What a victory for Justin Trudeau in the Canada election means for PM Boris Johnson

Justin Trudeau shut down by Neetu Garcha

We use your sign-up to provide content in ways you’ve consented to and to improve our understanding of you. This may include adverts from us and 3rd parties based on our understanding. You can unsubscribe at any time. More info

Justin Trudeau, 49, and his Liberal Party won 157 seats in the 2021 snap election in Canada – the same number as the party won in 2017, but 13 short of the 170 needed for a majority in the House of Commons. The lack of a majority is an awkward outcome for Mr Trudeau, who hoped to make significant gains in the snap election. But his support was diminished in the face of voter outrage at his decision to call an election while the country struggles to fight the pandemic’s fourth wave. But what will the election result mean for PM Boris Johnson?

In the end, however, voters decided to give him another four years in office, potentially taking him to a decade in power.

Speaking about his party’s win, Mr Trudeau said: “You are sending us back to work with a clear mandate to get Canada through this pandemic.

“Our team, our Government is ready. To my fellow Canadians, there is no greater honour than serving you.”

The victor of the election will have a key role in deciding the direction of the country on key matters including climate change, free trade and security.

And while Canada’s election does not garner the same global attention as those undertaken in its neighbouring USA, this does not mean the outcome does not have serious implications for other nations around the world.

Mr Trudeau’s main opponent, Conservative leader Erin O’Toole, had outlined his intention to forge new action plans in many of these areas – including to pursue the so-called Canzuk trade deal with Australia, New Zealand and the UK.

However, Mr Trudeau has pledged to deepen diplomatic, economic and defence partnerships in the Asia-Pacific region.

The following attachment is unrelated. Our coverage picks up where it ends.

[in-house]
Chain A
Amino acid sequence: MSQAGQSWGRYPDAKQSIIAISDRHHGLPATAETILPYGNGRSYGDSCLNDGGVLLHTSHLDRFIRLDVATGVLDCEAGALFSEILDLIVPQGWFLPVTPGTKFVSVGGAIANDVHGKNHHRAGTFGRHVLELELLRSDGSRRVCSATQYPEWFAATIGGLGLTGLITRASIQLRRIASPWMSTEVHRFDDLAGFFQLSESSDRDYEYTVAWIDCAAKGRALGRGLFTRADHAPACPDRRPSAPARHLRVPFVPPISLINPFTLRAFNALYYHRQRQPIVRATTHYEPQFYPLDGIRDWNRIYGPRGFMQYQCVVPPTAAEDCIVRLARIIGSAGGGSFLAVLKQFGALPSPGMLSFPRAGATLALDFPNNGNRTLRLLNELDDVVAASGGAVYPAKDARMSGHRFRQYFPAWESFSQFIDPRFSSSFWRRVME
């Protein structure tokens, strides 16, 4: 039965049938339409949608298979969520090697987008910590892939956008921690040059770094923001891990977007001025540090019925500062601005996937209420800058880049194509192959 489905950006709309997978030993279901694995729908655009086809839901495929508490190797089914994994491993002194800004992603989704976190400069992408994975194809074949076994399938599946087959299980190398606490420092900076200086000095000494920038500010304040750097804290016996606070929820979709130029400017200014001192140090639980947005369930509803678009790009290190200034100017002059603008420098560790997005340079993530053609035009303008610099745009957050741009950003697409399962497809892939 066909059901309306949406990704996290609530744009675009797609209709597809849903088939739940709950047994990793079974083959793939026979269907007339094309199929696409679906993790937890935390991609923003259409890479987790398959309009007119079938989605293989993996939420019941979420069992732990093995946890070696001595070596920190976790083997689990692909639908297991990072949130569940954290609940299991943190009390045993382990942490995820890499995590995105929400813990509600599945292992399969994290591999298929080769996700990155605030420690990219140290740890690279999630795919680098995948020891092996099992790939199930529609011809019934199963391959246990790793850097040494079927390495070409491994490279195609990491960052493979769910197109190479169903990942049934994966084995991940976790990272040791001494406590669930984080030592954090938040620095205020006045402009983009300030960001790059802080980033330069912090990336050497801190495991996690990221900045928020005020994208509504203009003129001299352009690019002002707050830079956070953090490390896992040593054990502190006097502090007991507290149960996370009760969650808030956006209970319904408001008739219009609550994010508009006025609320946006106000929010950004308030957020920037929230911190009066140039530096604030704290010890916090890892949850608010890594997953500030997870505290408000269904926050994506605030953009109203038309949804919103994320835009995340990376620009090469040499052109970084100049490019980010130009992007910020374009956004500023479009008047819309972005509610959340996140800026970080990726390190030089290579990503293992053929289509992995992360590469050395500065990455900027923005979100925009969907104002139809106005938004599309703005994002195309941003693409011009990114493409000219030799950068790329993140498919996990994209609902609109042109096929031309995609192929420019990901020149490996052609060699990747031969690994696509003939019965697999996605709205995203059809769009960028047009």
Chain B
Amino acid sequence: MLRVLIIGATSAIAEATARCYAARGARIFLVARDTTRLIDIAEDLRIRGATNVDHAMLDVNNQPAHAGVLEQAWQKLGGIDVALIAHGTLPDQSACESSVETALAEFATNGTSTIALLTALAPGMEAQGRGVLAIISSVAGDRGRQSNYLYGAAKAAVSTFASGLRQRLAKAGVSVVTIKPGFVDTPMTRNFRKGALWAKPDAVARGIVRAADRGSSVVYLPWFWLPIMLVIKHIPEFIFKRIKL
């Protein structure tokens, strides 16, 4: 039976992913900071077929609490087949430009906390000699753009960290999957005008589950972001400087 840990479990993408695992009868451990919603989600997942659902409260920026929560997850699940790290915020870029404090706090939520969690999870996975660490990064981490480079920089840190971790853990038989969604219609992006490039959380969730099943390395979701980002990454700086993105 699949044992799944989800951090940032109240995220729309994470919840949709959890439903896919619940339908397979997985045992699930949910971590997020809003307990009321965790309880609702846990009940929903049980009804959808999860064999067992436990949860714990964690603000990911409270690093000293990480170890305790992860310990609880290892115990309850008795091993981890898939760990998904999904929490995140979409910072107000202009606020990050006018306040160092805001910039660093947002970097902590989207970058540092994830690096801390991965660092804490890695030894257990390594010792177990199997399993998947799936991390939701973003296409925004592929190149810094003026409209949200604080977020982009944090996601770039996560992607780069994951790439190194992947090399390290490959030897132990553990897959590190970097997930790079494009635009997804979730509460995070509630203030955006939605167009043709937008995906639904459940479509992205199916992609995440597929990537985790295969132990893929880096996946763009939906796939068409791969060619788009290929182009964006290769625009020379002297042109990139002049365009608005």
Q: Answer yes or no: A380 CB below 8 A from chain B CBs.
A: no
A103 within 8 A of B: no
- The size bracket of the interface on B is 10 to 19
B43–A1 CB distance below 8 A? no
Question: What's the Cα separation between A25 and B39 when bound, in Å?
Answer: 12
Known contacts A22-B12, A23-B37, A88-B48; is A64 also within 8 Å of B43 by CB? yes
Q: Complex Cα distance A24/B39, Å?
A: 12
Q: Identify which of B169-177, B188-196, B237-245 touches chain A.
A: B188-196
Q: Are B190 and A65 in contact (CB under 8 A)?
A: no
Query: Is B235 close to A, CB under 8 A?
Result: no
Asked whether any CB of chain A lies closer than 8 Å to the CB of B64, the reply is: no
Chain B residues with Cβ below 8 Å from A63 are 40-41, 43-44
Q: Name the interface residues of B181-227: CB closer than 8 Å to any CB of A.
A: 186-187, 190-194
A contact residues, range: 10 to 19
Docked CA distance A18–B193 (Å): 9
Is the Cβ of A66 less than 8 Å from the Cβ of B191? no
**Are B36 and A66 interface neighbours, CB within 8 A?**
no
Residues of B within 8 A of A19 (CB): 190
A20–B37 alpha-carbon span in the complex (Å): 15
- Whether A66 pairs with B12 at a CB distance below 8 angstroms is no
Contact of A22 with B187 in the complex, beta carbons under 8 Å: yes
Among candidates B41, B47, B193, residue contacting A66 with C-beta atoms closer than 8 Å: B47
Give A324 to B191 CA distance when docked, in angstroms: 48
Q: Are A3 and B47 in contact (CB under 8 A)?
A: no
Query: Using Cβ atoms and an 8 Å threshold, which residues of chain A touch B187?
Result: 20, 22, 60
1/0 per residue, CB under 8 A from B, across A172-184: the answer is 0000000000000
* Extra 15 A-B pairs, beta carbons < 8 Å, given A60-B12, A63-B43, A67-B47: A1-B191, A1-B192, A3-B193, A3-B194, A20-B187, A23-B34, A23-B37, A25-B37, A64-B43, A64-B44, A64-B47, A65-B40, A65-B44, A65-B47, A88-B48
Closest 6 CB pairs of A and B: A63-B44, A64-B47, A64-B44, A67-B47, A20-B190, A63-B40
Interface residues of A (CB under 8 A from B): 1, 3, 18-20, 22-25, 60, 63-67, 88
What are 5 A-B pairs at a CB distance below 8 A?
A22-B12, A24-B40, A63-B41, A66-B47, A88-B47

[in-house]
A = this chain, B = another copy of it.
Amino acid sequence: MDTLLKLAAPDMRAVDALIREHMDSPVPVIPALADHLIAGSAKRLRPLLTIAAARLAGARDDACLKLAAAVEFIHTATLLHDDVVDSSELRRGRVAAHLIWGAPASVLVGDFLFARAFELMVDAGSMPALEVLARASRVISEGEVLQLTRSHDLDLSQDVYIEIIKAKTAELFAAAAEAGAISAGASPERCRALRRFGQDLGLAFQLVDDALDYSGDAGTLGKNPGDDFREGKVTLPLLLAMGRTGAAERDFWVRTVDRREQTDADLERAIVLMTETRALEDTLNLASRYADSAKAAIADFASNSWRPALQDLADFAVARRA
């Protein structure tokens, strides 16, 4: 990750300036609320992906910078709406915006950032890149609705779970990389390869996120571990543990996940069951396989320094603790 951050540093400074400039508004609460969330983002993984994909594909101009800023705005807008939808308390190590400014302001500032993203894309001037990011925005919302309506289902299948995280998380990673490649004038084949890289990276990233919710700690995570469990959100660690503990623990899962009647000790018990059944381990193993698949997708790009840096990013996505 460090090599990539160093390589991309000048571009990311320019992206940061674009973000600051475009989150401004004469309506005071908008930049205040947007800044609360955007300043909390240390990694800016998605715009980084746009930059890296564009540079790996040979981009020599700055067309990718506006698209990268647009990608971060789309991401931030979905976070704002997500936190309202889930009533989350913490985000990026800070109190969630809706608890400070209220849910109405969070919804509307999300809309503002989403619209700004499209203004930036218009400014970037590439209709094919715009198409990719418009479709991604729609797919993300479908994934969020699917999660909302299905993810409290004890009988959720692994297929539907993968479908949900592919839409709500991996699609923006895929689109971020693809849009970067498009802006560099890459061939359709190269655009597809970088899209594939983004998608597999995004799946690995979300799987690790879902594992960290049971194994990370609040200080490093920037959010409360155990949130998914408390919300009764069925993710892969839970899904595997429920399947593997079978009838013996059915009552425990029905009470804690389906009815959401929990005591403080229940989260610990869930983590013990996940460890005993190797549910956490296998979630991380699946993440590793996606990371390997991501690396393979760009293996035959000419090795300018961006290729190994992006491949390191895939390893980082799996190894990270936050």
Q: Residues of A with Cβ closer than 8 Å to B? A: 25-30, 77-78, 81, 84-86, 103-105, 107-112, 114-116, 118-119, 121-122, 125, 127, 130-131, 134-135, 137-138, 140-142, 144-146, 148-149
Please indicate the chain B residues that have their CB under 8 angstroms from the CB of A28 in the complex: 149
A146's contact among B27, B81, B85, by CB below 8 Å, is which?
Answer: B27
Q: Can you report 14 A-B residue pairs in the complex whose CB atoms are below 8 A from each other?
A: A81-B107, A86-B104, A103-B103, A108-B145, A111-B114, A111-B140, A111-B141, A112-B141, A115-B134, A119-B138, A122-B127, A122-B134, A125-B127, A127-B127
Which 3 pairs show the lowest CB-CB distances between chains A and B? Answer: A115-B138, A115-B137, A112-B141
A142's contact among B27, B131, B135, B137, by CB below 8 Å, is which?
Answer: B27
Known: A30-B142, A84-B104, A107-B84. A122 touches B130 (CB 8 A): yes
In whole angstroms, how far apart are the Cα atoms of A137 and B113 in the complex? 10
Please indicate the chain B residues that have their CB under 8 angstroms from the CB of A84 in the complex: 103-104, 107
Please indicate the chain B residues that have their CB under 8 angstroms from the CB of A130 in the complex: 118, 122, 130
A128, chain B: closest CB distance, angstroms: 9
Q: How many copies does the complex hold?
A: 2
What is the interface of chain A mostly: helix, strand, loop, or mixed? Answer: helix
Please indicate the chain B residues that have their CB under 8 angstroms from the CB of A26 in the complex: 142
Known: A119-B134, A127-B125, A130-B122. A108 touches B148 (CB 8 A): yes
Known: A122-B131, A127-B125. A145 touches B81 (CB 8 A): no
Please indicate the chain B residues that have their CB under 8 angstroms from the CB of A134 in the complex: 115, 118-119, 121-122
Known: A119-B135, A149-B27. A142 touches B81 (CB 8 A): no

The UK already has a trade agreement with Canada, as a rollover of the previous agreement the EU has with Canada, known as CETA.

Britain and Canada signed an interim trade deal in November last year, before securing a full agreement in December 2020.

In a statement issued at the time, the British Government said: “Today’s agreement gives certainty for UK businesses exporting goods and services to Canada worth £11.4 billion.

“The trade deal supports British industries including automotive manufacturing and food and drink, which between them provide jobs for more than half a million people across the UK.”

Trade between the UK and Canada is currently worth an estimated £22.4bn each year.

Any new deal would “take our trading relationship to new heights by starting negotiations on a new trade deal that will help us set the bar for 21st-century trade, bringing jobs opportunity, and prosperity for our people”, according to the former trade secretary and current Foreign Secretary Liz Truss.

Justin Trudeau left red faced after power grab gamble fails [INSIGHT]
Canada election polls: Could Trudeau lose power? Surprising EU impact [EXPLAINER]
Who will win the Canadian election? Polls spell bitter fight [ANALYSIS]

The deal is beneficial across the UK, with many regions profiting from the agreement.

According to the Government statement, “together the West Midlands and North West regions exported over £1.2 billion worth of goods to Canada last year, while Scotland and Northern Ireland collectively exported £1 billion.”

The Canzuk is a popular deal in the UK with 94 percent of British parliamentarians backing the free movement of goods between Canada, Australia and New Zealand.

The survey found 61 percent also support the free movement of people between those countries.

Mr Trudeau has come under fire from critics in recent days due to claims he is an afterthought for the US leader Joe Biden.

The Canadian PM was forced to explain at a recent campaign why Canada was not part of the Aukus deal between the USA, UK and Australia.

He told reporters Aukus is about nuclear submarines and argued Australia is “not currently or any time soon in the market” for them.

He added Canada continues to be a strong member of the Five Eyes intelligence alliance, which includes the Aukus.

Source: Read Full Article